Wednesday, January 27, 2021

Agriculture research in Botswana falls short of ordinary people’s needs ÔÇô SADC

Without the existence of a functional national agricultural research system in Botswana, the Department of Agricultural Research (DAR) and the Botswana College of Agriculture (BCA) cannot deliver research outputs that meet the needs of the local communities and farmers as is generally expected.
This emerged early this week, from preliminary findings of a research sanctioned by SADC in the country.

It has also been found that the present set up where the different units or departments in the Ministry of Agriculture consider their roles as distinct from one another, was not helpful to the proper development of agriculture and, in particular, for empowering the farmers.

Dr Joyce Macala, SADCÔÇôSCARDA Focal Person currently on a mission in the country, said, “In spite of this fact, many farmers across the country, through this research, have expressed the view that their input is not incorporated in efforts to address the problems that seem to besiege the sector, therefore nothing changes.”
Thus, an integrated approach remains the only way to the end.

To drive Macala’s point home, one farmer contributing to the discussion on the importance of farmer participatory research, recalled how a team of people came to his premises, claiming to come from the Department of Agriculture Research.

“They brought a bulky document, don’t know if it was 40 pages or somewhere there, purporting to be a questionnaire which they said I should fill in. I had no time for that since I’d rather be doing something else than waste my energy on what I don’t understand,” he stated.

To make matters worse, even sister units in the same ministry are hardly informed of the efforts of others, despite the common goals of eradicating poverty and improving the standards of living in the southern African country, which lies at the heart of the ministry of Agriculture.

Against this background, there was consensus that, the introduction of a national coordinating body that will enhance the trickling down of SCARDA’s fruits to lowest strata of society should equally go a long way towards addressing the challenge of linkages between the various stakeholders.

Explaining the nature of the support her organization offers to Botswana’s agricultural sector at a “Farmer Participatory Research Workshop”, which took off early in the week at the premises of the country’s College of Agriculture in Gaborone, the SADC Focal person emphasized the importance of placing the farmer at the centre of all research initiatives.

It was in this context that central to the objectives of the programme was the intention to ensure that by the end of the workshop, the participants would be empowered to be able to reach out to the farmer because, “The point of departure of our strategy is that for any research initiative to yield meaningful results it cannot afford to exclude the farmer,” highlighted Macala.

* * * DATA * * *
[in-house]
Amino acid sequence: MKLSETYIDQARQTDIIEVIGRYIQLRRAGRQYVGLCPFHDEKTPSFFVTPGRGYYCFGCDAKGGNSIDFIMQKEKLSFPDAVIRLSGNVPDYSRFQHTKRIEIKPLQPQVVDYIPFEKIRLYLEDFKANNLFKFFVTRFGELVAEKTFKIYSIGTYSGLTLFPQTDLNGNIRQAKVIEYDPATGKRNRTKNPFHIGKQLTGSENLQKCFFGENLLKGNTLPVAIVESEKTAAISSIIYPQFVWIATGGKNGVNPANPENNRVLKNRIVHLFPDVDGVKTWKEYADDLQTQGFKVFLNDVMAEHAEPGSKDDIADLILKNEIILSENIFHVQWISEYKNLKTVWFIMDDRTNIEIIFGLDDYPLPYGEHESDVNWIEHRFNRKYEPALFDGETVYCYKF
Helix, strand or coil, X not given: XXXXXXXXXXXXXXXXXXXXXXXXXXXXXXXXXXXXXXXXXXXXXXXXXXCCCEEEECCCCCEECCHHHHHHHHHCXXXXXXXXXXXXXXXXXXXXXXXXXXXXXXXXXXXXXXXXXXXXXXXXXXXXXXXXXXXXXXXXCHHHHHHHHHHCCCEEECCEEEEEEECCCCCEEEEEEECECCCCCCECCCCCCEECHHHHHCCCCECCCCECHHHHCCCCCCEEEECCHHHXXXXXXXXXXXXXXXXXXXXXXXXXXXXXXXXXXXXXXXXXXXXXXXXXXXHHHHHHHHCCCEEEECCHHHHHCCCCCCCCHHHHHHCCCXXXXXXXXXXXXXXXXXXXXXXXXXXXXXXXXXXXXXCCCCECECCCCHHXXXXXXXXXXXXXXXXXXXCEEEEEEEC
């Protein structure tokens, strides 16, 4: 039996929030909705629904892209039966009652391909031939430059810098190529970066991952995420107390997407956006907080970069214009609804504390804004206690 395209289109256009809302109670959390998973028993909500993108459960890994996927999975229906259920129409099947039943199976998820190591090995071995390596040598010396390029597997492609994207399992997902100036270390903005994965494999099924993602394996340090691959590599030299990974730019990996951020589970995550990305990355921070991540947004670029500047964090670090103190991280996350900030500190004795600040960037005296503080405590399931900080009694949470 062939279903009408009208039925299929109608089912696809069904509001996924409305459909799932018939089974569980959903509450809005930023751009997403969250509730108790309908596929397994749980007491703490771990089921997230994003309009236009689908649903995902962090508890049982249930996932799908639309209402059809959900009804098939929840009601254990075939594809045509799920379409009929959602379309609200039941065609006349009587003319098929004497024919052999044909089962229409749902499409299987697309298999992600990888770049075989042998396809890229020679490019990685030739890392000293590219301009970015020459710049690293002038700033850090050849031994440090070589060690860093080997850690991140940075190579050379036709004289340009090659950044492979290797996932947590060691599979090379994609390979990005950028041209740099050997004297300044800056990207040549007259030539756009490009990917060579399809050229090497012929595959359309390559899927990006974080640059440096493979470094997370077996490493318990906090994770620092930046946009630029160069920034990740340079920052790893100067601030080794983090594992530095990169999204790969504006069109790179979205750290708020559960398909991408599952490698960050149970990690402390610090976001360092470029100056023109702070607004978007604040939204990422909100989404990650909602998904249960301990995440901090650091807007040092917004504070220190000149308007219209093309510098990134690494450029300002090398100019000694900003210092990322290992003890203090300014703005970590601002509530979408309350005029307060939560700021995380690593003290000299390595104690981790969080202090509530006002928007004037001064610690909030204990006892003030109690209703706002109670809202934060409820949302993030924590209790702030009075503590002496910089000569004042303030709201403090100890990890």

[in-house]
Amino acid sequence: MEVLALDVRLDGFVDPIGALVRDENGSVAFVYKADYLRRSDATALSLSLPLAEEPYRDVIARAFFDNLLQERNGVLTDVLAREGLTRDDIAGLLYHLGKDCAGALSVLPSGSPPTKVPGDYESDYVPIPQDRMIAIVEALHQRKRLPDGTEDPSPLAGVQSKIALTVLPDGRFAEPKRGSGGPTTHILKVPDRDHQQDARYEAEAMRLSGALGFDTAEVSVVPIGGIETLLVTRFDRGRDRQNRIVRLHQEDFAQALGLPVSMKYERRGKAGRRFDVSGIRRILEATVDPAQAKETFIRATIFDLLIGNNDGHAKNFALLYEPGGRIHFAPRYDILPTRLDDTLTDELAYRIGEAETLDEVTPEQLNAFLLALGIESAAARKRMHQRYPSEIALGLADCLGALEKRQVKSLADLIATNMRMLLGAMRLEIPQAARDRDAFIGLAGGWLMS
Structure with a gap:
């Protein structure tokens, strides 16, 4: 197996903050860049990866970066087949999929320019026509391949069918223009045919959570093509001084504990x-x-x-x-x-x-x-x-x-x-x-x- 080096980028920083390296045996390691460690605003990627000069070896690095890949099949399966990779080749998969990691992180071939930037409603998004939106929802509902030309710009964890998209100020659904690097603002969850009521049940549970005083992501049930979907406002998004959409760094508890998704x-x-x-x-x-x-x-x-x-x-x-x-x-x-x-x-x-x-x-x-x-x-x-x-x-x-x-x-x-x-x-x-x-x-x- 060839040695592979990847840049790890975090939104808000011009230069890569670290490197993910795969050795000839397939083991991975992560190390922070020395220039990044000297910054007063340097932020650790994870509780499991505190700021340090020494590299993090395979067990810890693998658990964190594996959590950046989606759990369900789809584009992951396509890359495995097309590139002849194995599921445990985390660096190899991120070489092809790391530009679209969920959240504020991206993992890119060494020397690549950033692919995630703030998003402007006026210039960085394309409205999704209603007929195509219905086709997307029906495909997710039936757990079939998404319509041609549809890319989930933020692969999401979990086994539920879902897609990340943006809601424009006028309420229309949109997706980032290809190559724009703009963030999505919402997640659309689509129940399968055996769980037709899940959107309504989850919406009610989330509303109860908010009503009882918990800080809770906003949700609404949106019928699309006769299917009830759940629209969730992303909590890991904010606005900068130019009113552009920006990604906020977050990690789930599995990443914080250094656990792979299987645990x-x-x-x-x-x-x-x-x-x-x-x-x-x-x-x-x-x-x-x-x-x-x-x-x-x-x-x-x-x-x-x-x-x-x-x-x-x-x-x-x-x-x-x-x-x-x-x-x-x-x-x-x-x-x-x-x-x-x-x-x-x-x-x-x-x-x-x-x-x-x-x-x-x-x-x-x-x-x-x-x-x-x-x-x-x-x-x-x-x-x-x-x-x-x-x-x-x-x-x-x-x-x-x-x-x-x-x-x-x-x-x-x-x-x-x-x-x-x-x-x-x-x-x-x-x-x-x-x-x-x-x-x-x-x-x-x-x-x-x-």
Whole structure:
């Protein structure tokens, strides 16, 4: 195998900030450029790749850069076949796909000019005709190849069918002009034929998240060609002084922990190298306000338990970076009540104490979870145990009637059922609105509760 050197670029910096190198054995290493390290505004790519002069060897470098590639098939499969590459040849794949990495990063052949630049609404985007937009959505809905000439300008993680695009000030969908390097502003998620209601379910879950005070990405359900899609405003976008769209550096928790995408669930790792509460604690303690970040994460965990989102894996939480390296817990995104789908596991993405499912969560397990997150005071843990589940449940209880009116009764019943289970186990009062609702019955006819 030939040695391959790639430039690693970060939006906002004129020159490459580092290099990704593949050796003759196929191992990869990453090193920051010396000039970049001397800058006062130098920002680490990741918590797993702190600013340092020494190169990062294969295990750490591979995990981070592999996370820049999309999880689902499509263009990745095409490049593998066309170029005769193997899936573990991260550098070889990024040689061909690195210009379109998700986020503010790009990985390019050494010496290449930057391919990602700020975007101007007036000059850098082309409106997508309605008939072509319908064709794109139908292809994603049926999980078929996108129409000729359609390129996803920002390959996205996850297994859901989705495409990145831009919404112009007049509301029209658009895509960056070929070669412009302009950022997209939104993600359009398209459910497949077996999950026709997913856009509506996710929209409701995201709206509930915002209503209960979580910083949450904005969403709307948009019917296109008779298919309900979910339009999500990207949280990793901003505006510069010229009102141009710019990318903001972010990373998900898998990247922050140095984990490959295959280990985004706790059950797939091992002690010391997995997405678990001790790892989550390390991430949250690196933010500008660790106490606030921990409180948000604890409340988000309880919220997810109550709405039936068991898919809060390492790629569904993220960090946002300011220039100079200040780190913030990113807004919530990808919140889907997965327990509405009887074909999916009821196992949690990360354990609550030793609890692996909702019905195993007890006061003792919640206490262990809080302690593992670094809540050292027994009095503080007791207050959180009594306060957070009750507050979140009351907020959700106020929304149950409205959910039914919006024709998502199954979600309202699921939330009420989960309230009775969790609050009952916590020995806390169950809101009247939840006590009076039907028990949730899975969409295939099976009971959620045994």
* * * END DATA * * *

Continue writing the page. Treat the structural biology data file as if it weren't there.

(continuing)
The workshop, which ends on Friday this week, is part of SADC’s initiative to promote Research in Agriculture, training and development through the Strengthening Capacity and Agricultural Research and Development in Africa (SCARDA) program.
Botswana is one of the countries participating in the SCARDA project.

The purpose of the SCARDA project is to strengthen institutional and human capacity in Botswana, in order to identify, develop and deliver research outputs that meet the needs of people involved in agriculture in the respective communities where such initiatives are carried out.

To this end, SCARDA adopts an innovation approach of promoting multi-stakeholder collaboration in the context of the value chain.

Elaborating on the value chain, Macala stated that it refers to the consideration of all the processes that a product goes through, right from production, inputs supply, extension up to the point of marketing. “Through this, the identity and placing of roles of stakeholders on the pertinent issues be properly enhanced to the benefit of the producers, through a systemic interplay of functions.

For this reason, the five day course places emphasis on strengthening the skills and competencies of managers of Research and Development. It is also intended to impart theory on how linkages can be strengthened.

In the same vein, customized short courses for specialized stakeholders such as scientists and extension officers are envisaged to start in a few weeks.

Apparently, a number of students from Botswana have already been supported through SCARDA for training at MSc level.

Dr Ricks Chabo, Principal of the BCA, expressed the view that out of the envisaged programmes, a firm foundation is assured for a bright future for the agriculture sector, especially those involved in research and development.

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